There are references in Mr McQueen’s material to his having taken out a bank loan, paid rental bonds, obtained employment, et cetera, at various times while released on parole. At one stage he set up home with B and they had a child. Every time parole has been cancelled by the Board, there will no doubt have been financial and emotional repercussions resulting from the destruction of these efforts on the part of Mr McQueen to establish a life for himself after spending over 20 years in jail. I note that Mr McQueen was last arrested, pursuant to the Parole Board’s warrant, at a time when he was in the company of his young son, see  above.
At times the correspondence from the Parole Board has contained point-taking and sarcastic remarks. In addition, at times the Board, through its correspondence, appears almost wilfully not to understand the real import of what it is being told – for example, see  and  above.
After the Board’s peremptory cancellation of Mr McQueen’s parole and the issue of the information notice, Mr McQueen’s lawyers requested a short extension of time to provide show cause submissions. The letter seeking this explains that counsel briefed in the matter had a Court commitment which would prevent him attending to the matter immediately – p 9. The letter of 3 April 2018, which is written to Mr McQueen, says this about that matter:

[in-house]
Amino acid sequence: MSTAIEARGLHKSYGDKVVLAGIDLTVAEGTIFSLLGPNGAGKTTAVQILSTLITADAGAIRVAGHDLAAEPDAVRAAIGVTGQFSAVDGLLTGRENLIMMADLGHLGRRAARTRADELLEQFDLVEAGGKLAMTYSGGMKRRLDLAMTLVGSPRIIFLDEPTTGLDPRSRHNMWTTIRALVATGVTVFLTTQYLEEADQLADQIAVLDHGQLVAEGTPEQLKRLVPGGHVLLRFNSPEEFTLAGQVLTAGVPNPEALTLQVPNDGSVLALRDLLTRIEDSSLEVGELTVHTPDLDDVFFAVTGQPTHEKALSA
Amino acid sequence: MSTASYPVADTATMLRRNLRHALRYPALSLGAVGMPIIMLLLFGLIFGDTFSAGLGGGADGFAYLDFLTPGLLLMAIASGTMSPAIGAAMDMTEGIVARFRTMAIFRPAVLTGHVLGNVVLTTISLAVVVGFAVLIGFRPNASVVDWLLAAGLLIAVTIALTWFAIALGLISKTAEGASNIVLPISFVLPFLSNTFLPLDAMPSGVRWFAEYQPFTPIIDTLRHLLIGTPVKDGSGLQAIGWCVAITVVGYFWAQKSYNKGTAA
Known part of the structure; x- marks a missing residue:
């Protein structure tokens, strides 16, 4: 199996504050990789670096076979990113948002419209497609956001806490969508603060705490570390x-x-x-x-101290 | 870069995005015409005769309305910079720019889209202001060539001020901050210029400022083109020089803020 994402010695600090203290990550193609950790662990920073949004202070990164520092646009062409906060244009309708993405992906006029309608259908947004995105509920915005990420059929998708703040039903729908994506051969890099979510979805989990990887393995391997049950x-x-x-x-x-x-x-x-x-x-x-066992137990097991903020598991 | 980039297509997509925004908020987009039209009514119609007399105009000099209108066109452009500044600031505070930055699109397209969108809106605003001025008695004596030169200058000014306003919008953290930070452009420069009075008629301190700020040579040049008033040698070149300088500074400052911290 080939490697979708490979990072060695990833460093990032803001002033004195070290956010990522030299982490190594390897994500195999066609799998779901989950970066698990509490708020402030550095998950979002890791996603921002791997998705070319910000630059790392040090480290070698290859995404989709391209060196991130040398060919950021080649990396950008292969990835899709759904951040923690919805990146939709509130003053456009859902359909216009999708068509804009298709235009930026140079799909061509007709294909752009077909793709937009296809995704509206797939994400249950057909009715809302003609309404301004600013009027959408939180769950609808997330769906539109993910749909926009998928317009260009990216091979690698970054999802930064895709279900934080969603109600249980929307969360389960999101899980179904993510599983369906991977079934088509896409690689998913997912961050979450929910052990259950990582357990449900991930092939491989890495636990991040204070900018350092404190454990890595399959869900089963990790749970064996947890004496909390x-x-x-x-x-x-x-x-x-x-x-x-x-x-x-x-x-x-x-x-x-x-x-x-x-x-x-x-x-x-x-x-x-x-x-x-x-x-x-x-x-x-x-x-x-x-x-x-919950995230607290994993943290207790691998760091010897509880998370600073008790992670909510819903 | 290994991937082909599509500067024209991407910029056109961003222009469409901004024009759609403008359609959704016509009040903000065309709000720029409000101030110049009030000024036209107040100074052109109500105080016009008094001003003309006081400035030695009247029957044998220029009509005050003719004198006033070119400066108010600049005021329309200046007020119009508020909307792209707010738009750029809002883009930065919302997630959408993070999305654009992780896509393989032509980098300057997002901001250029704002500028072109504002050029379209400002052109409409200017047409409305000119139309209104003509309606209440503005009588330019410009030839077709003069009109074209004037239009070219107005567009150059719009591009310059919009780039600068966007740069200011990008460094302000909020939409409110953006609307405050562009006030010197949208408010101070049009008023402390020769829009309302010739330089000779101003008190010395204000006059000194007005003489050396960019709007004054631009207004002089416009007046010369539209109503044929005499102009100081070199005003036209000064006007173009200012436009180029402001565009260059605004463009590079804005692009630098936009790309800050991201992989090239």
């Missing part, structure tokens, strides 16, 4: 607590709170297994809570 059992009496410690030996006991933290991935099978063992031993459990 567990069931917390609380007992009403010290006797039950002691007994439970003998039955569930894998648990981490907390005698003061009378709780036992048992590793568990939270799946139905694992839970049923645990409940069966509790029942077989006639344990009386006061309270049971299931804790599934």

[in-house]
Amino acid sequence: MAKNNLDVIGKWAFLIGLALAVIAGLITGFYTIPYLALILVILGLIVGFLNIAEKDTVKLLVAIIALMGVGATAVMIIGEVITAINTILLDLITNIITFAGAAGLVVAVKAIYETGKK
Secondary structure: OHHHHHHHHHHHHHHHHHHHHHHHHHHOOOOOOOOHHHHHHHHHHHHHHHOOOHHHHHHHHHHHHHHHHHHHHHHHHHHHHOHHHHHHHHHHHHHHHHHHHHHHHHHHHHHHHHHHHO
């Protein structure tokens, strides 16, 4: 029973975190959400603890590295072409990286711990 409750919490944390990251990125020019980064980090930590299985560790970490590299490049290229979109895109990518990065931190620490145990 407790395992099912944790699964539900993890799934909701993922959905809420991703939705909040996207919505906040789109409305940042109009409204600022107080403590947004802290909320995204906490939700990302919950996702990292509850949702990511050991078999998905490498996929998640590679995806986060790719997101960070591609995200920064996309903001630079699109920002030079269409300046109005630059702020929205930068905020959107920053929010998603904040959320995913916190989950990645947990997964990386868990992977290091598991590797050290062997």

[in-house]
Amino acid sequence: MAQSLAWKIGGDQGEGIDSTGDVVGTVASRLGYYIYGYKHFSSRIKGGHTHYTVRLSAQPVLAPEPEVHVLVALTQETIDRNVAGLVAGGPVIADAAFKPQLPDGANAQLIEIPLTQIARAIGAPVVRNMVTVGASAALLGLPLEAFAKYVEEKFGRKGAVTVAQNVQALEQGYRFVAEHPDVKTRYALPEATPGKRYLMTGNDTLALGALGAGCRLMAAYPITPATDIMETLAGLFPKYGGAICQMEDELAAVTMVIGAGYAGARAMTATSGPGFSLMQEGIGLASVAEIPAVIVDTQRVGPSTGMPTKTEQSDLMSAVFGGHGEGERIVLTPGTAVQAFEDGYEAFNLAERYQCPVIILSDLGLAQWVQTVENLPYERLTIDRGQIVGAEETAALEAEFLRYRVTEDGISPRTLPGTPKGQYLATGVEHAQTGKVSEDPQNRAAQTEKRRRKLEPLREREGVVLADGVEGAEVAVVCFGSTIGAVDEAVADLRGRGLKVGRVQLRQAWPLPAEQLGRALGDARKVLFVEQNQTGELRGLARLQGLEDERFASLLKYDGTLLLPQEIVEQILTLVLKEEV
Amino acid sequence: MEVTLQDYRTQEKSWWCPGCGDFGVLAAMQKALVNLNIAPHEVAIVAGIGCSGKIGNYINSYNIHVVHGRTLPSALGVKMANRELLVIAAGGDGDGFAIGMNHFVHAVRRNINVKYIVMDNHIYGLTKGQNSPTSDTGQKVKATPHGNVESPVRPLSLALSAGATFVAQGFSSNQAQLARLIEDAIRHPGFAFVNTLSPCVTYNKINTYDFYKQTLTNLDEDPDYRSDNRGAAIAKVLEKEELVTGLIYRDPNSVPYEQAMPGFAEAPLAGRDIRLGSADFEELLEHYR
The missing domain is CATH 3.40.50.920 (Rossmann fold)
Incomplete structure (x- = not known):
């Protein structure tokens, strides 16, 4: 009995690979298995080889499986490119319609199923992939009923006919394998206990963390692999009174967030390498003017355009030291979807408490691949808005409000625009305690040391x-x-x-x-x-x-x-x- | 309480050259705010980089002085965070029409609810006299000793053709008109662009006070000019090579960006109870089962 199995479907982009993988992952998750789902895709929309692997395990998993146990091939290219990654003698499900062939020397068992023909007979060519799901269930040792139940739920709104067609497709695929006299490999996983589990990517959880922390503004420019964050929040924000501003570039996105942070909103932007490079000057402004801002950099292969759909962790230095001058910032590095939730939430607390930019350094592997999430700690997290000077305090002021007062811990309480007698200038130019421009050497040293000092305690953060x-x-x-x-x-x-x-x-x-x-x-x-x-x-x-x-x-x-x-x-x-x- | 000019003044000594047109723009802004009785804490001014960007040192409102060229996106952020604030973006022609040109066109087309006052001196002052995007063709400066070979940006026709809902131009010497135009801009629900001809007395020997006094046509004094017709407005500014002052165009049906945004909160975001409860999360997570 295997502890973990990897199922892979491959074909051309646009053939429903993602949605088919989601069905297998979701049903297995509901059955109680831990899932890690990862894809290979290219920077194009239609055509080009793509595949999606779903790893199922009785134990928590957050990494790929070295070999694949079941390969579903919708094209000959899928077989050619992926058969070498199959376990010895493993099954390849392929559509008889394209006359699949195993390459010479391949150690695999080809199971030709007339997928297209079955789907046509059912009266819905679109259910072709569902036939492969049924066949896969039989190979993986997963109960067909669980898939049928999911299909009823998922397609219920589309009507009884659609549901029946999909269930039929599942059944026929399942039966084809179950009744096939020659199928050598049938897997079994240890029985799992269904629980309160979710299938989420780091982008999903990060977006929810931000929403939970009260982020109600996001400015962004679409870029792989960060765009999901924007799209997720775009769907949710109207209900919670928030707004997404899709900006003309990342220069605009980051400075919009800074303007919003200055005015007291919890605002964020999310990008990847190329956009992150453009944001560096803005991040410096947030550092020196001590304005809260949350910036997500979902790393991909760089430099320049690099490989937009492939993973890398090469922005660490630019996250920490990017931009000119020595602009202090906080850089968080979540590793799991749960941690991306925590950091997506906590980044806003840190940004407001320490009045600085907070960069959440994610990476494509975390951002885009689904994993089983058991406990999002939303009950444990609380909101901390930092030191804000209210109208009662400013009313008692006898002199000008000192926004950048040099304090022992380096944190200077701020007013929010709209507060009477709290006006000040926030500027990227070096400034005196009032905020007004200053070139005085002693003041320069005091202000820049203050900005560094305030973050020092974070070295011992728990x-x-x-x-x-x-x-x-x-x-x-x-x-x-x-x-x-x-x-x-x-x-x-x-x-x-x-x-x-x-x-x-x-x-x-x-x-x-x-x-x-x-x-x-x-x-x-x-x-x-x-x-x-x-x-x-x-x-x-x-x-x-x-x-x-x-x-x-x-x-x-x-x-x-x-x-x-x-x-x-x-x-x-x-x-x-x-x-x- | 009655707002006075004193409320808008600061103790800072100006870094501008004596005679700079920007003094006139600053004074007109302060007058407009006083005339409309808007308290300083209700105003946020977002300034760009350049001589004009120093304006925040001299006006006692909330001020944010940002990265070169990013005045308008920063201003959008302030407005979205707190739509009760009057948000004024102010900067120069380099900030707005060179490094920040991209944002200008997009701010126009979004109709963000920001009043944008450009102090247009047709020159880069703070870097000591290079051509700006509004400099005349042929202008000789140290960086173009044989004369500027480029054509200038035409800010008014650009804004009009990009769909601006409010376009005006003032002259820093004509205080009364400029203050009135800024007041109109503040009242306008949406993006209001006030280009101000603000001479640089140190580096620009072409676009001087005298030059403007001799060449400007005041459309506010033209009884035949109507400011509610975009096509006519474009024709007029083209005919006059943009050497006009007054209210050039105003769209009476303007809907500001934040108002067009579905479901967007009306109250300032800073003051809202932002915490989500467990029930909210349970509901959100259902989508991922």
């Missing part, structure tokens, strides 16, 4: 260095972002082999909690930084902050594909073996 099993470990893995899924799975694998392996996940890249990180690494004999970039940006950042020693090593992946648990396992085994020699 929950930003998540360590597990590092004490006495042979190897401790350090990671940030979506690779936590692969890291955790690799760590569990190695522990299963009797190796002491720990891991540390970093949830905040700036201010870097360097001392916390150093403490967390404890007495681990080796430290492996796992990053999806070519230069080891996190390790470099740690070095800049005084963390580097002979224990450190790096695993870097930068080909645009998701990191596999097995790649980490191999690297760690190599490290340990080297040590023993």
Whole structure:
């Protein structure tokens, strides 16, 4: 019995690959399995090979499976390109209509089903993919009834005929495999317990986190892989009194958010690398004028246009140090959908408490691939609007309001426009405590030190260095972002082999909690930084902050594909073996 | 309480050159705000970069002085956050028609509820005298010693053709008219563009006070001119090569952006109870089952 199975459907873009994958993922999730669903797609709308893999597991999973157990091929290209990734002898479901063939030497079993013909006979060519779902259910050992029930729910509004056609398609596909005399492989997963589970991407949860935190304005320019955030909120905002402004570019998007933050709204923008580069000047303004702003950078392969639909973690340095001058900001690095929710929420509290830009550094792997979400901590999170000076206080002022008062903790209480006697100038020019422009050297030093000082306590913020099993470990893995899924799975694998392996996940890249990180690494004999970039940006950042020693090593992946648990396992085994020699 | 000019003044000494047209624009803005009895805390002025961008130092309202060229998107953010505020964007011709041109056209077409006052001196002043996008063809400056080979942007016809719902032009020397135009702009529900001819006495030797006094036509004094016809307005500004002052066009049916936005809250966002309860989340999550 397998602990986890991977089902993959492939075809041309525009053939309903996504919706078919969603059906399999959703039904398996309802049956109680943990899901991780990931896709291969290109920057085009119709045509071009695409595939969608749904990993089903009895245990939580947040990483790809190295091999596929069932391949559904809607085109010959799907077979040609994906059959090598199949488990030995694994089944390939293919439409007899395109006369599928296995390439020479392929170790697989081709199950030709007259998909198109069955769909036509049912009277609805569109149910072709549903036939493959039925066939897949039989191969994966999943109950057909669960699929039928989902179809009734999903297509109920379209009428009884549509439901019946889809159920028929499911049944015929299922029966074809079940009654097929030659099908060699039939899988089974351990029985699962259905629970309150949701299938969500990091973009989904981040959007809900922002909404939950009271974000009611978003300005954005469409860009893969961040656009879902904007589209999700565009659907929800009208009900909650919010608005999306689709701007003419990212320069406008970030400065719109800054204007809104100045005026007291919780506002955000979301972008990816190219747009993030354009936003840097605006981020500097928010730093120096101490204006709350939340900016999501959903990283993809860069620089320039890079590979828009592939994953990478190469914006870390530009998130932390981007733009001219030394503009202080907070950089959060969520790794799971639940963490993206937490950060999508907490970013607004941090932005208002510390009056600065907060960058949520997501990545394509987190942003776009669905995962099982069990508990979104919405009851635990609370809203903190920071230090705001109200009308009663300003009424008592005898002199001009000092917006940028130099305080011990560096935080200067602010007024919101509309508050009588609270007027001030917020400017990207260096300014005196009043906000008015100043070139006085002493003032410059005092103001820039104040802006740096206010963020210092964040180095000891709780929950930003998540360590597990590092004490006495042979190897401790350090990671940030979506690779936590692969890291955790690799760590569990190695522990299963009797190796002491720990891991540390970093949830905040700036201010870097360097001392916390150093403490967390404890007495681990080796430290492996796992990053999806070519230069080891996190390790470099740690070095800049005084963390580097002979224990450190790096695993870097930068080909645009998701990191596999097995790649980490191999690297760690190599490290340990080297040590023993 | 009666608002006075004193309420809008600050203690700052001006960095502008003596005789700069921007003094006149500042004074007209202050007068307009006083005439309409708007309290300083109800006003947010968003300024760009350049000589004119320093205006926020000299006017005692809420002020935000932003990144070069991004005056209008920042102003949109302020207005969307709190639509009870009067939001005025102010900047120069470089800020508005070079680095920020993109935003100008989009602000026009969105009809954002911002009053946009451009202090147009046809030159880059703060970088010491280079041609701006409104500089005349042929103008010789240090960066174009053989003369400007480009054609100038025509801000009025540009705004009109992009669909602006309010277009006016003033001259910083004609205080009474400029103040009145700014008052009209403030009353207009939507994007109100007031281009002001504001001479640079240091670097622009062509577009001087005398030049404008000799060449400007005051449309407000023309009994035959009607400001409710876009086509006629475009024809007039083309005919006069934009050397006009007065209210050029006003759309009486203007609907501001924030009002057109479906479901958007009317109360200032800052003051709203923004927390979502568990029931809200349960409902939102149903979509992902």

“On 5 March 2018 your solicitors wrote to the Board requesting an extension of time to show cause until 16 March 2018 due to counsel briefed having ‘a court commitment’ and apparently being unable to provide a written advice to your solicitors during this same period that they were in court.
Despite the unusual nature of this request, given that there are a number of counsel available to accept briefs in the areas of law which pertain to this matter and notwithstanding the time delay granting such a request would cause in finalising your matter, the Board granted this request in an effort to provide you with an unfettered opportunity to show cause. Ultimately your legal representative’s submission was received on 15 March 2018.”